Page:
Revenue from deconstruction and reuse has tripled since 2008, to around $1.4 billion last year. The sector now employs some 14,500 people and keeps about 350,000 tons out of landfills annually, said Brad Guy, an architect with Material Reuse, a sustainable architecture consultancy.
Petrina Rhines with the Birch Group crew. (Photo courtesy of Birch Group)
“We look at the social value as well – we’re creating jobs within the deconstruction and reuse sector,” she adds. So far, Rhines has employed 25 workers from diverse backgrounds, per Birch Group’s website.
206 College Ave was deconstructed by the Circular Construction Lab. The materials were reused in Felix Heisel’s artwork Circulating Matters.
The Catherine Common’s project is being used as a case study for documenting deconstruction’s local potential. It is particularly useful as it permits a side-by-side comparison of demolition and deconstruction processes on nearly identical buildings within the same economic system. The Circular Construction Lab expects the generated data to provide a “much-needed insight” into the effects of implementing deconstruction and developing a business analysis that could address the scalability of the process.
Tri-Lox reclaims timber from water towers that are being retired. Photographer: Arion Doerr/Tri-Lox
Extending the life of existing structures, making them more efficient and reusing materials when properties are torn down offers one of the clearest paths for decarbonizing a sector that single-handedly threatens efforts to keep global warming within the 2C limit set in the 2015 Paris Agreement.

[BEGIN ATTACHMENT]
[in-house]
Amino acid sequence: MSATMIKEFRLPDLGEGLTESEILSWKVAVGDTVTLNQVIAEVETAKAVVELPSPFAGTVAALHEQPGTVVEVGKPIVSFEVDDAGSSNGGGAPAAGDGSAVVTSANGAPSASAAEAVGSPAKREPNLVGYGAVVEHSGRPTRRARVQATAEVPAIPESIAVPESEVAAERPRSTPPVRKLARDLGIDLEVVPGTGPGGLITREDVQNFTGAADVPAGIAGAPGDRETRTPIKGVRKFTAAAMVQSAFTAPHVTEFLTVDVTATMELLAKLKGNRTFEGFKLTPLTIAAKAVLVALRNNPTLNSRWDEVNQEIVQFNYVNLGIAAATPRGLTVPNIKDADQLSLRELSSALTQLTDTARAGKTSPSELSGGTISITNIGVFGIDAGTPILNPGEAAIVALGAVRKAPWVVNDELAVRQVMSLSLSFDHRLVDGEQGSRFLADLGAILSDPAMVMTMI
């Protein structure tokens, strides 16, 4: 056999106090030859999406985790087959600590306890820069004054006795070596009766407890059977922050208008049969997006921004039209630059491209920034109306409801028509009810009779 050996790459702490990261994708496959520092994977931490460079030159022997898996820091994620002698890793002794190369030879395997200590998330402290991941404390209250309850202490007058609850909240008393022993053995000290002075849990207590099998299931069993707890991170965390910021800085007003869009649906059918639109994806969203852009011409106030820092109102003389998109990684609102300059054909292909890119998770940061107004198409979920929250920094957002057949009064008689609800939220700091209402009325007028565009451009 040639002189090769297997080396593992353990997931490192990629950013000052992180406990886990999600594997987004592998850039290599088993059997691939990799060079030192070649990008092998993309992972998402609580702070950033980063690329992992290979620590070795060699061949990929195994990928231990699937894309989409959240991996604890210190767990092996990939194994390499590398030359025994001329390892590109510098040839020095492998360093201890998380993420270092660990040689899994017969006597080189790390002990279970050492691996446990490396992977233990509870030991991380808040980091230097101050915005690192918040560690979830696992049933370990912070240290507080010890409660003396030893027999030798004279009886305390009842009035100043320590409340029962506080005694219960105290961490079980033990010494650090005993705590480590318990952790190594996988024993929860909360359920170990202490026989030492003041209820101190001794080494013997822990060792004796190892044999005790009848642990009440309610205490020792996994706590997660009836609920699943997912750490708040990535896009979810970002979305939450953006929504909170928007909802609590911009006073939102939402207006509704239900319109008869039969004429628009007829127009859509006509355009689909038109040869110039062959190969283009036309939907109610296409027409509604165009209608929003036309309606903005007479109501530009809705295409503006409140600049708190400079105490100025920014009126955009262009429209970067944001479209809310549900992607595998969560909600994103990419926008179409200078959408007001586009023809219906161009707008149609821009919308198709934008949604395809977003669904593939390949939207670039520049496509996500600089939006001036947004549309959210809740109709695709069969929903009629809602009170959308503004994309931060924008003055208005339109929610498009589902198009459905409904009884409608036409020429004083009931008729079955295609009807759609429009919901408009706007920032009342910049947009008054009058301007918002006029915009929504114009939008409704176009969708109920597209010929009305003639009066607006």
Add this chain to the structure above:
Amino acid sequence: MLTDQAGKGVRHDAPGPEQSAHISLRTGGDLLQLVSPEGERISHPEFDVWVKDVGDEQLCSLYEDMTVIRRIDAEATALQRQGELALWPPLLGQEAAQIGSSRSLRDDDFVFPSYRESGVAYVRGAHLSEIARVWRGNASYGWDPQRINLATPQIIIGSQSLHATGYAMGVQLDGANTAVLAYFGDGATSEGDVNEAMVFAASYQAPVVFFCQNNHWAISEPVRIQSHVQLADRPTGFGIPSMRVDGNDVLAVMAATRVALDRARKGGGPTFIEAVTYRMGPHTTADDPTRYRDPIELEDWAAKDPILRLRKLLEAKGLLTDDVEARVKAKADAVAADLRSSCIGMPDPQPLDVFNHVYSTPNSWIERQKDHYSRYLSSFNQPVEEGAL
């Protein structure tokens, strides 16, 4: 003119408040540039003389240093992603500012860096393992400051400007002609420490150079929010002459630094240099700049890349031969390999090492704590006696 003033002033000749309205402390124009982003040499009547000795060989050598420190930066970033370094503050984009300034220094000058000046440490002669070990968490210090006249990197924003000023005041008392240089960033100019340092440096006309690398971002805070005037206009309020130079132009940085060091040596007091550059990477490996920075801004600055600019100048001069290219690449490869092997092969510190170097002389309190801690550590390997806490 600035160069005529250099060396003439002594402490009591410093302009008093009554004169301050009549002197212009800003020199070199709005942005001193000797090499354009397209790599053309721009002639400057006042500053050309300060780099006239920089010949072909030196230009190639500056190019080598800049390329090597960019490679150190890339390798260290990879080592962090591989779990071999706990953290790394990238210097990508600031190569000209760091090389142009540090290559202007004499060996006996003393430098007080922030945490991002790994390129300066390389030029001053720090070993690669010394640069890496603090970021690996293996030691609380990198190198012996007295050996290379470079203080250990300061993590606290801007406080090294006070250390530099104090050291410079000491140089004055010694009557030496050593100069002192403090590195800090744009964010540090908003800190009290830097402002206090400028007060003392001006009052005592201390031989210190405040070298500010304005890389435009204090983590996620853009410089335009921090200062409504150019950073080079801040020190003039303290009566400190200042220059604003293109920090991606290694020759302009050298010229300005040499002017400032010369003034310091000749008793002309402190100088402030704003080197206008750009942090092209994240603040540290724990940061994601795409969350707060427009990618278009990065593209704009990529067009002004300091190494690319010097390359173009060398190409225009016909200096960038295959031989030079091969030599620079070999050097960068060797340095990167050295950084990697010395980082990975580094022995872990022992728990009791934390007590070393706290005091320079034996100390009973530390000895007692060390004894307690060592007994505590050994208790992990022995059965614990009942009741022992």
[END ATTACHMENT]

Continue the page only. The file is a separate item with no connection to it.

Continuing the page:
Michel Baars, the founder of New Horizon, considers himself an urban miner, someone who finds a market for discarded infrastructure.Credit…Max Pinckers for The New York Times
Michel Baars thought he could do better than turn it into material for a road. Mr. Baars considers himself an urban miner, someone who extracts raw materials from discarded infrastructure and finds a market for them.
Fast-forward to 2022 and it’s snowballed into an initiative where BARC goes into “homes otherwise set for demolition,” salvages as much lumber, pipe, wire, and other building components as possible, and then uses those reclaimed materials to build brand-new tiny houses throughout the Grand Traverse region.
Why are we still demolishing buildings when we can design for deconstruction? In this episode, Arup structural engineer Grace Di Benedetto explains that we need to change our mindset and recognise buildings as valuable sources of materials rather than rubble.
Good Wood illustrates Portland’s success. Over the past four years, the city has deconstructed more than 420 single-family and duplex homes that were registered as historic places or built before 1940. Good Wood has taken apart 160 of them. Today, 19 contractors are licensed to deconstruct in the city, thanks in part to a city-sponsored training.
Manufacturing bricks is hugely carbon intensive and yet today we cement bricks together so that their life is curtailed. Traditionally, we used soft lime mortar which meant that the brick had a life beyond its original use and today reclaimed bricks can be worth three times the cost of a new brick. Considering this as an example, we are going to have to consider how materials are fixed, coated and sealed so that they can be dismantled and reused.